The world is changing at an ever faster rate but managing organisational change is nothing new. What is different is the speed at which leaders need to change their thinking to cope with new technologies and a changing environment. In many ways, these changes have disempowered leaders by making them much more dependent upon their senior managers and advisors. Many people now hold the key data inside Council.
What differentiates successful leaders from not-so-successful leaders is their ability to understand, coordinate, influence and motivate their staff. These social competence skills or the soft skills of leadership are now seen as essential for leaders at all levels within Council.
In assessing and developing skills and competencies within Council leaders, we often break these into three groups: People skills, Task skills and Leadership skills.
People Skills create the atmosphere or culture in which the team works; promoting harmony and trust:
Communication: ‘pacing staff, varying communication styles, engaging and questioning to enhance rapport
Active Listening: paying attention/demonstrating interest, open questions, building on what they say, summarising
Team Relationships: building and maintaining respect, understanding and trust within team members, interpersonal
Problem-solving & Counseling: available, responsive, empathetic, questioning to understand, facilitating, collaborating, coaching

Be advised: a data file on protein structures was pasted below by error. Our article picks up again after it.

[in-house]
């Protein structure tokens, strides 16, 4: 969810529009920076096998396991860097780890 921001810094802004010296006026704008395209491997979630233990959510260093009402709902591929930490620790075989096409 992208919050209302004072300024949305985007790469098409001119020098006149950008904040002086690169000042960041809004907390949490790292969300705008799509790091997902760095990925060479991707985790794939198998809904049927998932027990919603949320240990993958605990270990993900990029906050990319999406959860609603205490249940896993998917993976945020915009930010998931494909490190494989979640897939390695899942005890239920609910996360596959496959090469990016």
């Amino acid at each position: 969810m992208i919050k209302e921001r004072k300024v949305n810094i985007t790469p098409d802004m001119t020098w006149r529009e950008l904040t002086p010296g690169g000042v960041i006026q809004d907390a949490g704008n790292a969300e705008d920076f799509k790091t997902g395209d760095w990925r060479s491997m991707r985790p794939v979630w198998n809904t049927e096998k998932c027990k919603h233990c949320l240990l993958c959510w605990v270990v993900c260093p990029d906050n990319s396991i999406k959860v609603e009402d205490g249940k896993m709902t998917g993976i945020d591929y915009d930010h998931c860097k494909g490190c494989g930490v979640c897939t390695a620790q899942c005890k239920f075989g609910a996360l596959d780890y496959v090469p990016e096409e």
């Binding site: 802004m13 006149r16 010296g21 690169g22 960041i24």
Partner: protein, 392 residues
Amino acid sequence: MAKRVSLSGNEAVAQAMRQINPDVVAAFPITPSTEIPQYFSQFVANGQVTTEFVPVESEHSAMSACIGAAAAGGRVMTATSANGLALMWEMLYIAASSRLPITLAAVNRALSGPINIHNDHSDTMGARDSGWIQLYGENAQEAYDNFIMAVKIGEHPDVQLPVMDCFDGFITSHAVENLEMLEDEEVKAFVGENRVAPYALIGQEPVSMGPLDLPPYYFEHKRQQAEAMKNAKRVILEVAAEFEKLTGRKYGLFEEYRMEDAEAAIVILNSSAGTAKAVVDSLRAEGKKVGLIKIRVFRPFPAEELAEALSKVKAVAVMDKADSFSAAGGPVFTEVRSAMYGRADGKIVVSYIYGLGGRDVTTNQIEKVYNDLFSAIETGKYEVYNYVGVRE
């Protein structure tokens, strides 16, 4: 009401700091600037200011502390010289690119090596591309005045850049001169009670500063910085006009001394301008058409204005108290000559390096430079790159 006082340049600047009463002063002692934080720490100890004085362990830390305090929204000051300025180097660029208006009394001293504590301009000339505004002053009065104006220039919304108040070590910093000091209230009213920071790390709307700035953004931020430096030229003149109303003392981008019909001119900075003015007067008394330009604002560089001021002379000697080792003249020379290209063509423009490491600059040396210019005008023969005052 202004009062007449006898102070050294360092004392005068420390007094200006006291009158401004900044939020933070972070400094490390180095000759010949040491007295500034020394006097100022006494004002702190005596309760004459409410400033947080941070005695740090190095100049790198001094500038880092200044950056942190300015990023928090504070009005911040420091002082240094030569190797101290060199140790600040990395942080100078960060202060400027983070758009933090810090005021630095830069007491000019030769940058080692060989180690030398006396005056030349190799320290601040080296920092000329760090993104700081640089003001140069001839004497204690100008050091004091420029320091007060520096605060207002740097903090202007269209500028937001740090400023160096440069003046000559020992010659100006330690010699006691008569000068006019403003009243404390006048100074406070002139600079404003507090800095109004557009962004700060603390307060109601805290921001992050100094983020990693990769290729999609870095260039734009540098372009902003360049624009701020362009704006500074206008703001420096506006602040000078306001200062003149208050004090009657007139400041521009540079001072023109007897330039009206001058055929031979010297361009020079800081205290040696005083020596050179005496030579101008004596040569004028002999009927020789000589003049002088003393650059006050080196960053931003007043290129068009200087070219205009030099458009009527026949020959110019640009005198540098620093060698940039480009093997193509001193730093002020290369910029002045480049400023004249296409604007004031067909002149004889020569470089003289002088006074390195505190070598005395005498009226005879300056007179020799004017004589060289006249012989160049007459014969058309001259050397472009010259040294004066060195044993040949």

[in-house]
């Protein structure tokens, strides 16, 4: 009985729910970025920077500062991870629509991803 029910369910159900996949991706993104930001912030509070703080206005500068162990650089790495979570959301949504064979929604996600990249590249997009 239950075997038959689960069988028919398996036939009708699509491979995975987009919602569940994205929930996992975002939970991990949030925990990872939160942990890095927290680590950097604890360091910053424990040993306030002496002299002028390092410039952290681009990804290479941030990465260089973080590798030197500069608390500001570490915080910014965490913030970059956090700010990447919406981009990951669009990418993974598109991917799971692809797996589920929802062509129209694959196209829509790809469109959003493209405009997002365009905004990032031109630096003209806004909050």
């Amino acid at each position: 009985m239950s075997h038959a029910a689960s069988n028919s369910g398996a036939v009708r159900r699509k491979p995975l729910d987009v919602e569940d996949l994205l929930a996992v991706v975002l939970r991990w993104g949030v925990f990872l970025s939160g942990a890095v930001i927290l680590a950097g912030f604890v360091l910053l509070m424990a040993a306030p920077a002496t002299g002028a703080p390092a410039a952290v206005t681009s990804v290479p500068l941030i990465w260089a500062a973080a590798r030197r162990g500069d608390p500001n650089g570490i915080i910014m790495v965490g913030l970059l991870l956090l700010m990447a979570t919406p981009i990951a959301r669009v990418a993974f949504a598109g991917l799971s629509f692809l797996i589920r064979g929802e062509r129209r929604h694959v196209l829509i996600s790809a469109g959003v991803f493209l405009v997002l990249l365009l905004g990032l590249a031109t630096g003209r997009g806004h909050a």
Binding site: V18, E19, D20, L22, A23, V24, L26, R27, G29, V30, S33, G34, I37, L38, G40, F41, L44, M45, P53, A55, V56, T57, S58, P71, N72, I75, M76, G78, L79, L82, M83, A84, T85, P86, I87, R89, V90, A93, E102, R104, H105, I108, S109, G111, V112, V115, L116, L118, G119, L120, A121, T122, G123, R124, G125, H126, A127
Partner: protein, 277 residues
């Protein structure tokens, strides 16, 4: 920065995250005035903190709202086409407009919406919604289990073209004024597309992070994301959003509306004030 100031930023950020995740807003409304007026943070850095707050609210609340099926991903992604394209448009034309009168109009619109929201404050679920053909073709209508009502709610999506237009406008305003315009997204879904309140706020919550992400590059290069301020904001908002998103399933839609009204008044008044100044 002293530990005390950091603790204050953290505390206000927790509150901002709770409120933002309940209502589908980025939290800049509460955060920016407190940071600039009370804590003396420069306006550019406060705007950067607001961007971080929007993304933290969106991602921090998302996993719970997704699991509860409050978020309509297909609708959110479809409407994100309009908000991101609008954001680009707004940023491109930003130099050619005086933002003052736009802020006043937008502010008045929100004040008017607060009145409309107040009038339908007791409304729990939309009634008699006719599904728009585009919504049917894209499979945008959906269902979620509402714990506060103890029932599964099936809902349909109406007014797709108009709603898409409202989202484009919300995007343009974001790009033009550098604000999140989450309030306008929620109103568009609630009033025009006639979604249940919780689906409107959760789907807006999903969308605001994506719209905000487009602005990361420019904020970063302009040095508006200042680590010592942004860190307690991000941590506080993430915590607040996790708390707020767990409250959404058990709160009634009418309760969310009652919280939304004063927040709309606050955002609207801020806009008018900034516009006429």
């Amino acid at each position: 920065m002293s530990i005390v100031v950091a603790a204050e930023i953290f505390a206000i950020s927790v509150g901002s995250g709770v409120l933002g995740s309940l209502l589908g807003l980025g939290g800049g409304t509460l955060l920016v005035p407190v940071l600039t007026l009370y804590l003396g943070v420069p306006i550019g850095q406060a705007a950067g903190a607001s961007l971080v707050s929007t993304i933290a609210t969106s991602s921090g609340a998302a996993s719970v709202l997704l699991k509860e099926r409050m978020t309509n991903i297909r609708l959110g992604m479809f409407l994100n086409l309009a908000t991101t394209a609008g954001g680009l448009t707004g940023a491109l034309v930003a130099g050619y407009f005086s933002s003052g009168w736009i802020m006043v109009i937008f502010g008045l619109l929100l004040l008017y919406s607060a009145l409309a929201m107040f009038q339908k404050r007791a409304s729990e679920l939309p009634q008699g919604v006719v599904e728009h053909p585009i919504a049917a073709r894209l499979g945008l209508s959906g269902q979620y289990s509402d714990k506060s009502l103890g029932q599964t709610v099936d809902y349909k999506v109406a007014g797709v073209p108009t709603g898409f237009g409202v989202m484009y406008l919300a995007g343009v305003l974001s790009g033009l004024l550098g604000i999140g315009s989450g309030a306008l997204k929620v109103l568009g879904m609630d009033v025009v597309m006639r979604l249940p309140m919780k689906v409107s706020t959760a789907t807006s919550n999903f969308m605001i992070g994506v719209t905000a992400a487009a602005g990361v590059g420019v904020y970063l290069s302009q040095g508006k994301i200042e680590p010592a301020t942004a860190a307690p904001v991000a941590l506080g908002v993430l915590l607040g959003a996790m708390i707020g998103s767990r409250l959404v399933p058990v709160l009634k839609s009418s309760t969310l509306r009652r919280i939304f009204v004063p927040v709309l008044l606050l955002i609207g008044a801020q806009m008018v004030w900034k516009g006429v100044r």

Participating decision making: engaging staff, gaining opinions and ideas, level of authority clear, empowered, joint ‘ownership’
Interface management: managing the links between internal team members as well as between internal and external stakeholders
Task Skills create a solid core or foundation on which the work of the team relies; they promote confidence and stability.
Work Allocation: assigning tasks to team members based upon competence and preferences, balancing team strengths
Team Development: planning ways of developing skills in areas that are not preferences, developing strengths/managing limitations
Delegation: process of learning via experience and support at work to develop competencies, leads to confidence and trust
Clear Objectives: outputs/outcomes focused, mutual agreement even when changing frequently, take ownership and pride in work, mileposts for measurement
Quality Standards: strive for quality in all efforts, standards and procedures to support everyone’s quality, meet the expectations of the internal/external ‘customer’
Leadership Skills allow for articulation of a compelling vision of the team’s future; to ensure staffs give their best, staff need a clear picture of what lies ahead and then be regularly persuaded that the vision is worth pursuing.
Motivate: inspiring staff towards the vision with clear goals, taking a stand on controversial issues, advocating for the team to senior management, understanding individual motivation
Strategic: thinking/investing time discovering root causes and considering interaction of all elements in complex issues, thinking ahead, logical analysis, risk assessment/mitigation.
Leaders at all levels of Council need to have these social competence skills assessed and developed to improve their performance and their team’s. People skills establishes an atmosphere of harmony/trust, Task skills prepares the ground for efficient outputs, and Leadership skills provide inspiration and direction.
Together all three comprise the interpersonal skills needed for leadership excellence and outstanding team performance.